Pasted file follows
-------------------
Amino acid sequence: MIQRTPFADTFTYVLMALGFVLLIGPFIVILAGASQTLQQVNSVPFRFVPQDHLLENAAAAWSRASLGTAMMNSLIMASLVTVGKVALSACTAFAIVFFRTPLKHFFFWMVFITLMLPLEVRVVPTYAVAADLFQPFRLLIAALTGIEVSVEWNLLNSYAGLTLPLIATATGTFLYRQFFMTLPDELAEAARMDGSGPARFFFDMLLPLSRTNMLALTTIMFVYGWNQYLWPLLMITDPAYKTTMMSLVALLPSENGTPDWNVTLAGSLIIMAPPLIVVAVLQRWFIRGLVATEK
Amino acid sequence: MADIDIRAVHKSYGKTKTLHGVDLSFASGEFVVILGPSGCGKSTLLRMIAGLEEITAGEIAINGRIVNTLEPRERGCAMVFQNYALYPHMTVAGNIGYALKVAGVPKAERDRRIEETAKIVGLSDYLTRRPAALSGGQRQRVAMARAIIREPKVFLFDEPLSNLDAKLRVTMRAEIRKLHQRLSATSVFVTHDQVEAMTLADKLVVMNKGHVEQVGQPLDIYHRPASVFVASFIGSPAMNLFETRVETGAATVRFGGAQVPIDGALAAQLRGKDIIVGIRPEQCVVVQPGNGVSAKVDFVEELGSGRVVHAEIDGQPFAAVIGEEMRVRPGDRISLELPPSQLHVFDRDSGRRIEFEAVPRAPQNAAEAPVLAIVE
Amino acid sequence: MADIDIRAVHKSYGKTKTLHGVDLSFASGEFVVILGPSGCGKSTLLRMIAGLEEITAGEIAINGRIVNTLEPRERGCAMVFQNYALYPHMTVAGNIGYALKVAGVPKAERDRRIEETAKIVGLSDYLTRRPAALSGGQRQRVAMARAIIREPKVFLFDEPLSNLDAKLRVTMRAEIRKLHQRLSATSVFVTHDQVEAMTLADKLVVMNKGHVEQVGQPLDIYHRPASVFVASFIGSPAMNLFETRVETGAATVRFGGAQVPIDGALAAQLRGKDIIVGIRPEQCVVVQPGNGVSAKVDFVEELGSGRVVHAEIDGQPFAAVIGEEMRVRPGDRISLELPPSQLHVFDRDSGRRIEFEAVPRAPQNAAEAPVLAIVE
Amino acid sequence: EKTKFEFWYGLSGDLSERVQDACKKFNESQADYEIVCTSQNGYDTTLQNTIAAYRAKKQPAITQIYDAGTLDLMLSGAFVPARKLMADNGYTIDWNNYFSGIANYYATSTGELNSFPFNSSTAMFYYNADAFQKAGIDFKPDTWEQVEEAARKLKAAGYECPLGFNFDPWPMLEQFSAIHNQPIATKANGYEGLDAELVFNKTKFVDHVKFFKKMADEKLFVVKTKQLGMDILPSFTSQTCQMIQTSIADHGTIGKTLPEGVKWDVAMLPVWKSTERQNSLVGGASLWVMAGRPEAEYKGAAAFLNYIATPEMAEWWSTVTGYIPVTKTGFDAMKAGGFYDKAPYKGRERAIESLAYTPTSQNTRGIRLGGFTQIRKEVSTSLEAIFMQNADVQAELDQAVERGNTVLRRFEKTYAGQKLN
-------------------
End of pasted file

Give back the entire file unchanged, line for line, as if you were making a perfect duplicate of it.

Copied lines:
Amino acid sequence: MIQRTPFADTFTYVLMALGFVLLIGPFIVILAGASQTLQQVNSVPFRFVPQDHLLENAAAAWSRASLGTAMMNSLIMASLVTVGKVALSACTAFAIVFFRTPLKHFFFWMVFITLMLPLEVRVVPTYAVAADLFQPFRLLIAALTGIEVSVEWNLLNSYAGLTLPLIATATGTFLYRQFFMTLPDELAEAARMDGSGPARFFFDMLLPLSRTNMLALTTIMFVYGWNQYLWPLLMITDPAYKTTMMSLVALLPSENGTPDWNVTLAGSLIIMAPPLIVVAVLQRWFIRGLVATEK
Amino acid sequence: MADIDIRAVHKSYGKTKTLHGVDLSFASGEFVVILGPSGCGKSTLLRMIAGLEEITAGEIAINGRIVNTLEPRERGCAMVFQNYALYPHMTVAGNIGYALKVAGVPKAERDRRIEETAKIVGLSDYLTRRPAALSGGQRQRVAMARAIIREPKVFLFDEPLSNLDAKLRVTMRAEIRKLHQRLSATSVFVTHDQVEAMTLADKLVVMNKGHVEQVGQPLDIYHRPASVFVASFIGSPAMNLFETRVETGAATVRFGGAQVPIDGALAAQLRGKDIIVGIRPEQCVVVQPGNGVSAKVDFVEELGSGRVVHAEIDGQPFAAVIGEEMRVRPGDRISLELPPSQLHVFDRDSGRRIEFEAVPRAPQNAAEAPVLAIVE
Amino acid sequence: MADIDIRAVHKSYGKTKTLHGVDLSFASGEFVVILGPSGCGKSTLLRMIAGLEEITAGEIAINGRIVNTLEPRERGCAMVFQNYALYPHMTVAGNIGYALKVAGVPKAERDRRIEETAKIVGLSDYLTRRPAALSGGQRQRVAMARAIIREPKVFLFDEPLSNLDAKLRVTMRAEIRKLHQRLSATSVFVTHDQVEAMTLADKLVVMNKGHVEQVGQPLDIYHRPASVFVASFIGSPAMNLFETRVETGAATVRFGGAQVPIDGALAAQLRGKDIIVGIRPEQCVVVQPGNGVSAKVDFVEELGSGRVVHAEIDGQPFAAVIGEEMRVRPGDRISLELPPSQLHVFDRDSGRRIEFEAVPRAPQNAAEAPVLAIVE
Amino acid sequence: EKTKFEFWYGLSGDLSERVQDACKKFNESQADYEIVCTSQNGYDTTLQNTIAAYRAKKQPAITQIYDAGTLDLMLSGAFVPARKLMADNGYTIDWNNYFSGIANYYATSTGELNSFPFNSSTAMFYYNADAFQKAGIDFKPDTWEQVEEAARKLKAAGYECPLGFNFDPWPMLEQFSAIHNQPIATKANGYEGLDAELVFNKTKFVDHVKFFKKMADEKLFVVKTKQLGMDILPSFTSQTCQMIQTSIADHGTIGKTLPEGVKWDVAMLPVWKSTERQNSLVGGASLWVMAGRPEAEYKGAAAFLNYIATPEMAEWWSTVTGYIPVTKTGFDAMKAGGFYDKAPYKGRERAIESLAYTPTSQNTRGIRLGGFTQIRKEVSTSLEAIFMQNADVQAELDQAVERGNTVLRRFEKTYAGQKLN